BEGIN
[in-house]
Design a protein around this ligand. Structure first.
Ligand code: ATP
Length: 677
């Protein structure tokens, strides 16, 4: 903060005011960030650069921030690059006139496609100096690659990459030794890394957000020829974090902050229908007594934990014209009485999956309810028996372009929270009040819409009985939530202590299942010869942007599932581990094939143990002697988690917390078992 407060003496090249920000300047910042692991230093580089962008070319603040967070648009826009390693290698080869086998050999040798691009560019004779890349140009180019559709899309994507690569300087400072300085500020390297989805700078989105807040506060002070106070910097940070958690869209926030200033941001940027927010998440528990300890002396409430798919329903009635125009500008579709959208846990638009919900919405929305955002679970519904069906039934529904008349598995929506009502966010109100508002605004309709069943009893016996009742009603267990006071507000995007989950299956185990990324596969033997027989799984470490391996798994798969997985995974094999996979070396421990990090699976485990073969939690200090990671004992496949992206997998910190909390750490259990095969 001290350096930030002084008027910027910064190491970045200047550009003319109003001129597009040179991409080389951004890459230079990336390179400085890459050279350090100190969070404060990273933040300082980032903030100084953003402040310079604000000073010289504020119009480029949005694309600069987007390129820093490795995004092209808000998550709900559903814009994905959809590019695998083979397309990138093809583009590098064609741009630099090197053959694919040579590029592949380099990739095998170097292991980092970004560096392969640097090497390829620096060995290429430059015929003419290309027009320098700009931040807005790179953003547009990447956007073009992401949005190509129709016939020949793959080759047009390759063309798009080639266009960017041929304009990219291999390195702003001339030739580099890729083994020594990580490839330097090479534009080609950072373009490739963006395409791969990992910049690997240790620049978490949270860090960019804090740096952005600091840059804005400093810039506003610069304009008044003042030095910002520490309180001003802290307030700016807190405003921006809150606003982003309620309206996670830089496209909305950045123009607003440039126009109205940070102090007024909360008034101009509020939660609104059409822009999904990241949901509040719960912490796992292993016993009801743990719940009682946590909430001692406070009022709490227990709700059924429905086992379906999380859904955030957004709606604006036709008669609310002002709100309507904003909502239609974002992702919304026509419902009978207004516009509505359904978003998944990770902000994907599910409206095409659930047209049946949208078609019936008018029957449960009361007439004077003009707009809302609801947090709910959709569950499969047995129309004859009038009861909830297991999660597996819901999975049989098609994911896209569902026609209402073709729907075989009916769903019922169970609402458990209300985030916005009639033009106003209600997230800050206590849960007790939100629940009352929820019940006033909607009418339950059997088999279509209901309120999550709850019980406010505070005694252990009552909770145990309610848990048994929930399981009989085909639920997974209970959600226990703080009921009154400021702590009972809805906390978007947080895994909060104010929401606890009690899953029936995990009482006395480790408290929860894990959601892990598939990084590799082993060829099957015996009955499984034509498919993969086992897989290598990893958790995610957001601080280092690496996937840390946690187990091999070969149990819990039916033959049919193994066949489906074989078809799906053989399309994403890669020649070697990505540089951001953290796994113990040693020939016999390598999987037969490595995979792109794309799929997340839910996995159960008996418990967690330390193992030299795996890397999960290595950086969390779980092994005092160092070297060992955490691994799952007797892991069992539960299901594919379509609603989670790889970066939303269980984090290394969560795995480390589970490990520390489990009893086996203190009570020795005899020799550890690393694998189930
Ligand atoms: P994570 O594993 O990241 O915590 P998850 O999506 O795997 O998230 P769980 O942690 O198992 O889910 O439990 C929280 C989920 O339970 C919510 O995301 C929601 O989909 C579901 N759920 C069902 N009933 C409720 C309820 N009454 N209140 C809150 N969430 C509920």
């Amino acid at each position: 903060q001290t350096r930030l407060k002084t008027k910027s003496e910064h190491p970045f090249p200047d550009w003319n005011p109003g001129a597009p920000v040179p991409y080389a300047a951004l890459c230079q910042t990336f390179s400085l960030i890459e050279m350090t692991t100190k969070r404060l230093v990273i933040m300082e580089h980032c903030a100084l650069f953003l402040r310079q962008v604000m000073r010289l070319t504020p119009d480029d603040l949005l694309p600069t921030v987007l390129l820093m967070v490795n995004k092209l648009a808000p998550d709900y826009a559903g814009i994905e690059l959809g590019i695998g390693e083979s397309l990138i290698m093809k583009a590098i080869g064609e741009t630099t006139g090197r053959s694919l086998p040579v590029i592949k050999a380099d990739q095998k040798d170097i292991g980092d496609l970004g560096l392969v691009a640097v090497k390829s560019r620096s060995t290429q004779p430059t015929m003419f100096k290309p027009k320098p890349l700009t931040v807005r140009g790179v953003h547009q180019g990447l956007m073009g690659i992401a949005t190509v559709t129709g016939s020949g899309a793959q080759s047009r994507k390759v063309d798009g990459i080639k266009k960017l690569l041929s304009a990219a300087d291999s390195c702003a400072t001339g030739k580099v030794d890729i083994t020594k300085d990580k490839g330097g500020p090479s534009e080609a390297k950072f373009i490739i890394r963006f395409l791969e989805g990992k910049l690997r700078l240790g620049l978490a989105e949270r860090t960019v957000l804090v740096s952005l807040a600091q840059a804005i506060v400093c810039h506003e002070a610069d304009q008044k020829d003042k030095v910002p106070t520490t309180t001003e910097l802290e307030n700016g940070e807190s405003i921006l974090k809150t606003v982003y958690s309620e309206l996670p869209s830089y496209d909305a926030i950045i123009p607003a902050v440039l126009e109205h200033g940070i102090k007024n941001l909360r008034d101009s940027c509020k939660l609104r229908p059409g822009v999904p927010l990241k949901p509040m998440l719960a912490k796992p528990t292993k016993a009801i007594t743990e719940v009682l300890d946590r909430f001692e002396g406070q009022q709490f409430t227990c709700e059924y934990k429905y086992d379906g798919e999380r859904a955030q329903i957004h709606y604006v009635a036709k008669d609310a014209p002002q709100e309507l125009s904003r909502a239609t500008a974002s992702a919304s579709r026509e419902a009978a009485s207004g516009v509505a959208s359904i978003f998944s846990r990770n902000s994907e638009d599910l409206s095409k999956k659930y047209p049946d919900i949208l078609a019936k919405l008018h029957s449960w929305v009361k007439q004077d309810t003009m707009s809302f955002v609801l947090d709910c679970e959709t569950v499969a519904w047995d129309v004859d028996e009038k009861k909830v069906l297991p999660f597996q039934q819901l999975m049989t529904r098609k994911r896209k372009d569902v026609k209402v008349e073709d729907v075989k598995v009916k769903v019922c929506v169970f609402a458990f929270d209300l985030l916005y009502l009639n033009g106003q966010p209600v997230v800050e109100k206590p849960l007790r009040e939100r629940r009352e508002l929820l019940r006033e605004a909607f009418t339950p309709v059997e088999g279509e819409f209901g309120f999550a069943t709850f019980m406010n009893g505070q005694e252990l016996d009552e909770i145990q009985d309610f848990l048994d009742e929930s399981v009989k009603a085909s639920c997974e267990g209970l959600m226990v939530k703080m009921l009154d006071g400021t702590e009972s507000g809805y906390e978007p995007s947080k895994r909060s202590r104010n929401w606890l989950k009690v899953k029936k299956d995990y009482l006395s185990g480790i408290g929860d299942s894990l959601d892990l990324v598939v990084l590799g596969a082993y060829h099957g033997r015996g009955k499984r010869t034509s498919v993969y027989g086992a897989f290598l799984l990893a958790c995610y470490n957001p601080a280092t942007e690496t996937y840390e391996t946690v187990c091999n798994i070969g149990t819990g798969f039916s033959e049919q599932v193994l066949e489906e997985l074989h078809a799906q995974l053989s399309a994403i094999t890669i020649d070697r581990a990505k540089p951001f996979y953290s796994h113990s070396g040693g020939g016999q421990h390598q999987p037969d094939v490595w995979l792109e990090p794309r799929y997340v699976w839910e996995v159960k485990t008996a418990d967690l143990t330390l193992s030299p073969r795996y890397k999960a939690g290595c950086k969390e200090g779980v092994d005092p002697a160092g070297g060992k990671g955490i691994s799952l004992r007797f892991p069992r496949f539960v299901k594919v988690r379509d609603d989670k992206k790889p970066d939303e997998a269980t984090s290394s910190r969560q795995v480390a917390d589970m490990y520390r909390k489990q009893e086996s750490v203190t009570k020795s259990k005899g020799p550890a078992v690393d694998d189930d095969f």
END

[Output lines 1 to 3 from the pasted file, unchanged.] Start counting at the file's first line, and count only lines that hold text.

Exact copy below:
[in-house]
Design a protein around this ligand. Structure first.
Ligand code: ATP